• Share
  • Email
  • Embed
  • Like
  • Save
  • Private Content
01 preparation english (1)
 

01 preparation english (1)

on

  • 659 views

 

Statistics

Views

Total Views
659
Views on SlideShare
659
Embed Views
0

Actions

Likes
1
Downloads
45
Comments
0

0 Embeds 0

No embeds

Accessibility

Categories

Upload Details

Uploaded via as Microsoft PowerPoint

Usage Rights

© All Rights Reserved

Report content

Flagged as inappropriate Flag as inappropriate
Flag as inappropriate

Select your reason for flagging this presentation as inappropriate.

Cancel
  • Full Name Full Name Comment goes here.
    Are you sure you want to
    Your message goes here
    Processing…
Post Comment
Edit your comment

    01 preparation english (1) 01 preparation english (1) Presentation Transcript

    • Introduction to Textile Preparation Assistant Professor Dr. Apichart Sonthisombat, Rajamangala Institute of TechnologyCopyright © 2004 Assist. Prof. Dr. A.Sonthisombat All rights reserved. 1
    • Basic Textile DefinitionsFibers = A smallest unit of textile materials.Usually classified by flexibility, fineness, anda ratio between length and diameter (L/Dratio)Natural Fibers = Fibers that come fromanimals (wool, silk etc.), plants (cotton, flax,hemp, jute etc.) or mineral material(asbestos).Synthetic Fibers = Man-made fibers orartificial fibers which is usually comes fromchemical agents. 2
    • Semi-synthetic Fibers = Fibers that comesfrom solutions of natural polymer orderivatives from the natural polymer(cellulose, protein etc.)Polymer = Macro molecules containingsmall chemical units (named “Monomer”) 3
    • Staple Fibers = Fibers from natural orsynthetic fibers which were cut into shortfibers. Normally, natural fibers are staplefibers (expected silk fibers). These fibershave 5-500 millimeters long.Filament Fibers = Fibers from natural orsynthetic fibers which have infinite length.Silk Fibers are the only one natural fibersclassified in this definition since their lengthbetween 700-1500 meters depending to theirraces. 4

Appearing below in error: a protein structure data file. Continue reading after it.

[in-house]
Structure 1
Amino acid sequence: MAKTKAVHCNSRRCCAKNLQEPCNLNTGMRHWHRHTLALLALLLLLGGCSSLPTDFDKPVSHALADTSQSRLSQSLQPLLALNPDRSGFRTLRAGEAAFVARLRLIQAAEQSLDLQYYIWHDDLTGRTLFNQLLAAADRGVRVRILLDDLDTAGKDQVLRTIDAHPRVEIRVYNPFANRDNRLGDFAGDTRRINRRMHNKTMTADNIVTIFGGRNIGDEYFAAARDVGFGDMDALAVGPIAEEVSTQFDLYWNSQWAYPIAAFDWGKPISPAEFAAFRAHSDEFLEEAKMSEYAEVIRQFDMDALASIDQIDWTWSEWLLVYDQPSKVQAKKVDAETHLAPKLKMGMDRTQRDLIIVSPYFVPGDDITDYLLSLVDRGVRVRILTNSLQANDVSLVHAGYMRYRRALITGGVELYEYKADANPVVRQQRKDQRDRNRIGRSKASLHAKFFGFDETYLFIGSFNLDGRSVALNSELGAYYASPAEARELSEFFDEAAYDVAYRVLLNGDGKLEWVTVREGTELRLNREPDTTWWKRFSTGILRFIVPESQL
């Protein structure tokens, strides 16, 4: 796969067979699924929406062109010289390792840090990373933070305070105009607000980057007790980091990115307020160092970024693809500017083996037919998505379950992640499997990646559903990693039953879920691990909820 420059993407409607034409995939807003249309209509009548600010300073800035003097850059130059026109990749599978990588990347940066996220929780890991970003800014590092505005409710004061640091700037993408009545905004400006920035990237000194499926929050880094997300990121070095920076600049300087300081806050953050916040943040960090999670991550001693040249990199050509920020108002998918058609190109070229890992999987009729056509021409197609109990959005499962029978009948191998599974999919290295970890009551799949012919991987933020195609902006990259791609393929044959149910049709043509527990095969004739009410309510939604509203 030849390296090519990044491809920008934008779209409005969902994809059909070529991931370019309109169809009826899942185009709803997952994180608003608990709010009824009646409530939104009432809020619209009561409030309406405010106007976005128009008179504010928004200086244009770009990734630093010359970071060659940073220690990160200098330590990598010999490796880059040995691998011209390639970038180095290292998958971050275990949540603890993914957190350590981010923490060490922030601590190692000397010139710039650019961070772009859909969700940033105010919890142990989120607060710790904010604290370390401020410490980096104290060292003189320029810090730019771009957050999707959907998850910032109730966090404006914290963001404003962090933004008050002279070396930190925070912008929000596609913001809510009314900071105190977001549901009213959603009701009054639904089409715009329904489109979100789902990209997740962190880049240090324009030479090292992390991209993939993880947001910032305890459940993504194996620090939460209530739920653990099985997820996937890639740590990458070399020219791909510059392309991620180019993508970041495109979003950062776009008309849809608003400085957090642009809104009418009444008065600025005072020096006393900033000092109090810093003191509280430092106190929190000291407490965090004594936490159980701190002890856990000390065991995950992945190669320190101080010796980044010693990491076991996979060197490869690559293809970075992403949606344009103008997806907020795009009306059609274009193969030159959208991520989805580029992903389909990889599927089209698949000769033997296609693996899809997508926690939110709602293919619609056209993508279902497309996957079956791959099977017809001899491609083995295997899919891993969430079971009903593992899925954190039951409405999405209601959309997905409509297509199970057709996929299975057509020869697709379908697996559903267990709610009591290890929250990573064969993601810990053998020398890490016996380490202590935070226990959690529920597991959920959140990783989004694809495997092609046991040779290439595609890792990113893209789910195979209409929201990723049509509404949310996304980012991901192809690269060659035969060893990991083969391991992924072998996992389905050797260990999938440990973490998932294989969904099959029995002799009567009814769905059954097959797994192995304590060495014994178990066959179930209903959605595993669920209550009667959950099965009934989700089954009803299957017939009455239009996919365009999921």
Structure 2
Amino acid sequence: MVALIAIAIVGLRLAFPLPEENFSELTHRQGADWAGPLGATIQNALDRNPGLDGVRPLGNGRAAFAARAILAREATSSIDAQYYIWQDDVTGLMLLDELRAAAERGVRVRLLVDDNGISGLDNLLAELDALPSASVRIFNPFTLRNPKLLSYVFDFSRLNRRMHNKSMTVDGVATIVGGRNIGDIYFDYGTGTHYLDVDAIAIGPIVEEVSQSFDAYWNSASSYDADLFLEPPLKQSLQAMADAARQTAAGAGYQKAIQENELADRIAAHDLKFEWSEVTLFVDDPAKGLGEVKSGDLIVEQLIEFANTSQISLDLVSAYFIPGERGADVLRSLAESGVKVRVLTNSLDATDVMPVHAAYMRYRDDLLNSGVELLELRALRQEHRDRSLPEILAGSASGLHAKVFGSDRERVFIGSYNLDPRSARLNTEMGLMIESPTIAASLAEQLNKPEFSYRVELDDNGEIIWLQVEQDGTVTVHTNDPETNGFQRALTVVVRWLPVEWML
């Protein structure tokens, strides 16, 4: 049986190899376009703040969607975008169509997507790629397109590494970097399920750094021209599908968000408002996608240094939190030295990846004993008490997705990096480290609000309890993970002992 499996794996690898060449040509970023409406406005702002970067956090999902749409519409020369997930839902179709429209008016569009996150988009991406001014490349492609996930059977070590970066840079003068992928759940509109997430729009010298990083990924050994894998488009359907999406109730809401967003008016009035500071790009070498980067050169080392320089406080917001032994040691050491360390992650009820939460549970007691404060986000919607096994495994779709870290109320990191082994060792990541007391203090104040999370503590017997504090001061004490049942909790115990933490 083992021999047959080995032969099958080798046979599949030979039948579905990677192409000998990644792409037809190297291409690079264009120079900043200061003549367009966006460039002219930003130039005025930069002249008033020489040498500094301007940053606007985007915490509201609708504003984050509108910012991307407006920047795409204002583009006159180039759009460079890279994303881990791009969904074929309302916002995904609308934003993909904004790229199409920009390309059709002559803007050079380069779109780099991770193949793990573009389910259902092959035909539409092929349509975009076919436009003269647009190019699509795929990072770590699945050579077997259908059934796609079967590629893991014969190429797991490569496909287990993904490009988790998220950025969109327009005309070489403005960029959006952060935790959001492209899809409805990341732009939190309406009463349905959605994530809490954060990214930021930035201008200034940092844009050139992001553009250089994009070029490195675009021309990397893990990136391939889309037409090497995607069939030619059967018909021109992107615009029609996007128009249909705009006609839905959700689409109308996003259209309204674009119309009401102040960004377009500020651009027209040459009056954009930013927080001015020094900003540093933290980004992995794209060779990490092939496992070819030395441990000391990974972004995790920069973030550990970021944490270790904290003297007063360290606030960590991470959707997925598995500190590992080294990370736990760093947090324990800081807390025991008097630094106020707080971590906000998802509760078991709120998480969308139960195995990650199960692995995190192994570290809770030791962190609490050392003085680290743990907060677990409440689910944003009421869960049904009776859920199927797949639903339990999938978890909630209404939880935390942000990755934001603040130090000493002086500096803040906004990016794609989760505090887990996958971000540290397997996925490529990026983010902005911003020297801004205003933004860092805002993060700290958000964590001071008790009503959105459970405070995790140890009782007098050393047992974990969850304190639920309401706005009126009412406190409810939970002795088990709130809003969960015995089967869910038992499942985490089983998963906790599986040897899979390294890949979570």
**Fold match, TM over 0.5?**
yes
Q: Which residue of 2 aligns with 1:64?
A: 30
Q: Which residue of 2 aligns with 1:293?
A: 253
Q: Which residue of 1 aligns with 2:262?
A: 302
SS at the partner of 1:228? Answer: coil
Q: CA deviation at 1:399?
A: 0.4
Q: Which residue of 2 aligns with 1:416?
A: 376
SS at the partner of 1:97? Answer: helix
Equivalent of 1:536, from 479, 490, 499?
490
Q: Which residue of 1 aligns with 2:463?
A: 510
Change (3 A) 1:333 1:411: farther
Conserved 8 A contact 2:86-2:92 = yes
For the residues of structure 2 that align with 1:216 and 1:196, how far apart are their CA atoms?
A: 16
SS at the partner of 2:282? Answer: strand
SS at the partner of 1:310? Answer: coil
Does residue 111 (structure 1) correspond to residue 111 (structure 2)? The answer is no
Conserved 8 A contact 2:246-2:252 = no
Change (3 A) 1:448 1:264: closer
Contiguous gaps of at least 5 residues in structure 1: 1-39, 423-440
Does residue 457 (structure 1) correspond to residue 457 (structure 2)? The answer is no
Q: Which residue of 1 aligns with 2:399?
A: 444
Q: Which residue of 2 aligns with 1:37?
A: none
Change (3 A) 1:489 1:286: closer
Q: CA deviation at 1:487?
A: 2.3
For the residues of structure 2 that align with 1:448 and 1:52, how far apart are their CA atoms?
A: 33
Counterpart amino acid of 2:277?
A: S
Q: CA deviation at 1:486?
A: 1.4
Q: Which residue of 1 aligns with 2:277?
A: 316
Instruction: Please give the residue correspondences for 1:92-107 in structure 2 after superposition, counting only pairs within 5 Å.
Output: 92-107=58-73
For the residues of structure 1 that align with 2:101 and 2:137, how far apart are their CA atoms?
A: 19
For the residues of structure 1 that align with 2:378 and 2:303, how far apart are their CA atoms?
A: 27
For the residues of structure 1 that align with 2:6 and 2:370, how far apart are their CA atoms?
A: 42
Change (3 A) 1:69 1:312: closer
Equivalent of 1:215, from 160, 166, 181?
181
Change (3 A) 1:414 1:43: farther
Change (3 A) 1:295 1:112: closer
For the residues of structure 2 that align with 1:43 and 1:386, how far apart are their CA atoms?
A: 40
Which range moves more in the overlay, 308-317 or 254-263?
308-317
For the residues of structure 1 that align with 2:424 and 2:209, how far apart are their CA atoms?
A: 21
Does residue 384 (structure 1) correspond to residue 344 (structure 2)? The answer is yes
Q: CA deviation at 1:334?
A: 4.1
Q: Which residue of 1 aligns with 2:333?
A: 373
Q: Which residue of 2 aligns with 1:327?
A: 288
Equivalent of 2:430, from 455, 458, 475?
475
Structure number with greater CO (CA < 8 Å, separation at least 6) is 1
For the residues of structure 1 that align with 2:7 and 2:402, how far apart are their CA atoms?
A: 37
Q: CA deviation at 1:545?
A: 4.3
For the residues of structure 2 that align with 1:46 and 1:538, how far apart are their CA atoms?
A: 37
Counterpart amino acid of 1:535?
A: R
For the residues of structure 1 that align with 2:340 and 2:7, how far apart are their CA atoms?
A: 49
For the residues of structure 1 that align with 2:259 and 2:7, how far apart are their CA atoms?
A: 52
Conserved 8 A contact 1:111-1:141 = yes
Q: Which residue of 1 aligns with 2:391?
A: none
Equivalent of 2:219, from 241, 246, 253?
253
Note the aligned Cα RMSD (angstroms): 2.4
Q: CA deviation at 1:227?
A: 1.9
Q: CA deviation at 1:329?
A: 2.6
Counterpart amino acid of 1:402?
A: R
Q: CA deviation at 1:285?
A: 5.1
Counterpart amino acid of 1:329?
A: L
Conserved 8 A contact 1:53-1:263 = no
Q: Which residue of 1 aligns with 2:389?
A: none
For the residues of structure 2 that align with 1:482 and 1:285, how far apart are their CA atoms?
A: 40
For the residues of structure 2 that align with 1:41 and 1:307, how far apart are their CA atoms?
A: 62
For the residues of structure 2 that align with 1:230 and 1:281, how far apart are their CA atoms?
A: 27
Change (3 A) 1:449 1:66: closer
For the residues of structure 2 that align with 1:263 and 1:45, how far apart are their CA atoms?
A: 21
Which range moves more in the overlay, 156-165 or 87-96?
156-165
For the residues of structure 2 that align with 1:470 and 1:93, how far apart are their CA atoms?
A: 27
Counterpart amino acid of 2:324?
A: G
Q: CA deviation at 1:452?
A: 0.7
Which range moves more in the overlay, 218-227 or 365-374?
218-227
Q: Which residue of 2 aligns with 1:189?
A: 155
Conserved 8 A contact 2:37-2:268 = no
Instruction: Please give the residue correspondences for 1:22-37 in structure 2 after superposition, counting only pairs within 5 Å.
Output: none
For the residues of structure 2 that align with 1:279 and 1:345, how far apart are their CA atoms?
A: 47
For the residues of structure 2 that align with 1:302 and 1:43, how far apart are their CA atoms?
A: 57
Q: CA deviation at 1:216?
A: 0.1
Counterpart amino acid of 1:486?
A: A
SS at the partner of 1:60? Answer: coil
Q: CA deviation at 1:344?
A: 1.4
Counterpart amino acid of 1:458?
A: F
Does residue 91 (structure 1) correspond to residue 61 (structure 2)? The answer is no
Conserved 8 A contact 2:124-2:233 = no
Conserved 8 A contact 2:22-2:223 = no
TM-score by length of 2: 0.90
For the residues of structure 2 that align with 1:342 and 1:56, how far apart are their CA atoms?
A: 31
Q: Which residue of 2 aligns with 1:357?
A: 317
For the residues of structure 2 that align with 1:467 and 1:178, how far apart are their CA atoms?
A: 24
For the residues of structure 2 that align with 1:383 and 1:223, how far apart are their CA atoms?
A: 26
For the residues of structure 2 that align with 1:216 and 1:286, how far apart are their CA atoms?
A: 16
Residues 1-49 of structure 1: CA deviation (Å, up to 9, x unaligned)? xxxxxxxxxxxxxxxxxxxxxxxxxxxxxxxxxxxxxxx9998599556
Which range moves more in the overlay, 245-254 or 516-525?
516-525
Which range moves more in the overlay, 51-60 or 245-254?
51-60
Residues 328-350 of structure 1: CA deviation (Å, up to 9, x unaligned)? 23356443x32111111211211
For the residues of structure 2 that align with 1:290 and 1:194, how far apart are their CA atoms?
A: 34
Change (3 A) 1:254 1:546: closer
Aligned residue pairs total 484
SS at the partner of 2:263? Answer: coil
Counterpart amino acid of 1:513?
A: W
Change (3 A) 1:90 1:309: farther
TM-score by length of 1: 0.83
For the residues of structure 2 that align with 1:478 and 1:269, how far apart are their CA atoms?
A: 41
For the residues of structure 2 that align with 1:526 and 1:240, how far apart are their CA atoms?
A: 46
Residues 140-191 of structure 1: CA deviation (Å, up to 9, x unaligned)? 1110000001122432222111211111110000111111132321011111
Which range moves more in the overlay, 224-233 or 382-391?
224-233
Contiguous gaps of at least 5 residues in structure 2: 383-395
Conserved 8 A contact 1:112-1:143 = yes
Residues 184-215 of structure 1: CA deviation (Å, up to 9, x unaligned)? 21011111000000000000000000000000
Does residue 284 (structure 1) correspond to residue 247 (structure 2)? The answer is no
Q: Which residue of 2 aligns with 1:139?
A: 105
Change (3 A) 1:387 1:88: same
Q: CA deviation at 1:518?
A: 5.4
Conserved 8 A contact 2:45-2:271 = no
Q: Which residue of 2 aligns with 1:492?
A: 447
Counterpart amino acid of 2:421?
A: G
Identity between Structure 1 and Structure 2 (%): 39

• Yarns = The combinations of fibers usingsome twisting (Z and S twists) in order tomake strong and stable yarns.Spun Yarns = The yarns that come formstaple fibers.Filament Yarns = The yarns that come fromfilament fibers (mono-filaments and multi-filaments)Fabrics = The products of weaving, knittingor non-woven processes. Normally, fabricshave a certain thickness and can withstandtear and tensile forces. 5
    • Textile Preparation is the heart of the textiledyeing, printing and finishing processes because fibers, yarns or fabrics have many impurities (i.e. cotton wax, starch, lubricant, silk sericin, wool oil etc.) as a proverb “Well begin is half done”. From the experience, more than60% of the faults from these factories come from preparation. 6
    • The Examples of preparation processes ofcotton and its blends fabrics100% Cotton fabrics1. Singeing2. Desizing (only for woven fabrics)3. Scouring4. Bleaching (only for pale or bright shades)5. Mercerizing6. Adding of Optical Brightening Agent 7
    • 100% Silk Fibers1. Degumming (to get rid of non-fibrousmaterials (sericin))2. Bleaching (to make the goods whiter) 8
    • 100% Wool Fibers1. Carbonising (to remove leave, bark andother parts of the plants from the wool fibers)2. Scouring (to get rid of fat and oil from thefibers)3. Bleaching (to make the fibers whiter) 9
    • Morphology of Textile Fibers1. Crystalline Regions are the regions thatcannot absorb water, humidity and dyestuffsolutions but they are the part for fiberstrength.2. Non-Crystalline Regions or Amorphousregions are the regions that can absorb water,humidity and dyestuff therefore they can bedyed but they are a very weak part of thefibers. 10